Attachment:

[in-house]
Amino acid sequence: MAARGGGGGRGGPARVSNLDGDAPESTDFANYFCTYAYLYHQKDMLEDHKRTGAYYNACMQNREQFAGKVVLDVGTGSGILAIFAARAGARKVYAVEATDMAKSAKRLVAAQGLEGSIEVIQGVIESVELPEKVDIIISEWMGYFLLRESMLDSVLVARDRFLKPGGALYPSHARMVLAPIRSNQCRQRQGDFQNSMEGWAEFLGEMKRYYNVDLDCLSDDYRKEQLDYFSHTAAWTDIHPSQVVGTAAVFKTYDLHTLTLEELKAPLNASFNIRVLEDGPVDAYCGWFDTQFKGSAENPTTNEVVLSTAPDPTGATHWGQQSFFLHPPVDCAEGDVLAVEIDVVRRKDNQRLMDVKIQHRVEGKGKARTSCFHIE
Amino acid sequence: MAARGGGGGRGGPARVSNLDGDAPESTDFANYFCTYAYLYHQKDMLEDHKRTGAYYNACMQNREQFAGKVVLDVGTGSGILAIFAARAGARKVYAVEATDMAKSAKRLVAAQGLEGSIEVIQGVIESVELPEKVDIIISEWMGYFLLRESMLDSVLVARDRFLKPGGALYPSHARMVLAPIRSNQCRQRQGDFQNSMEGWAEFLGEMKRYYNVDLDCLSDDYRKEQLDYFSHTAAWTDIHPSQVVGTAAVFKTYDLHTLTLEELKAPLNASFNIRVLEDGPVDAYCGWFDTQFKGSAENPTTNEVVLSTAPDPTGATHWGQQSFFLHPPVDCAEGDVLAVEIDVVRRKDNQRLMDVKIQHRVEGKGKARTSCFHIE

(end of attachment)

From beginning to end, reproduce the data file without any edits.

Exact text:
[in-house]
Amino acid sequence: MAARGGGGGRGGPARVSNLDGDAPESTDFANYFCTYAYLYHQKDMLEDHKRTGAYYNACMQNREQFAGKVVLDVGTGSGILAIFAARAGARKVYAVEATDMAKSAKRLVAAQGLEGSIEVIQGVIESVELPEKVDIIISEWMGYFLLRESMLDSVLVARDRFLKPGGALYPSHARMVLAPIRSNQCRQRQGDFQNSMEGWAEFLGEMKRYYNVDLDCLSDDYRKEQLDYFSHTAAWTDIHPSQVVGTAAVFKTYDLHTLTLEELKAPLNASFNIRVLEDGPVDAYCGWFDTQFKGSAENPTTNEVVLSTAPDPTGATHWGQQSFFLHPPVDCAEGDVLAVEIDVVRRKDNQRLMDVKIQHRVEGKGKARTSCFHIE
Amino acid sequence: MAARGGGGGRGGPARVSNLDGDAPESTDFANYFCTYAYLYHQKDMLEDHKRTGAYYNACMQNREQFAGKVVLDVGTGSGILAIFAARAGARKVYAVEATDMAKSAKRLVAAQGLEGSIEVIQGVIESVELPEKVDIIISEWMGYFLLRESMLDSVLVARDRFLKPGGALYPSHARMVLAPIRSNQCRQRQGDFQNSMEGWAEFLGEMKRYYNVDLDCLSDDYRKEQLDYFSHTAAWTDIHPSQVVGTAAVFKTYDLHTLTLEELKAPLNASFNIRVLEDGPVDAYCGWFDTQFKGSAENPTTNEVVLSTAPDPTGATHWGQQSFFLHPPVDCAEGDVLAVEIDVVRRKDNQRLMDVKIQHRVEGKGKARTSCFHIE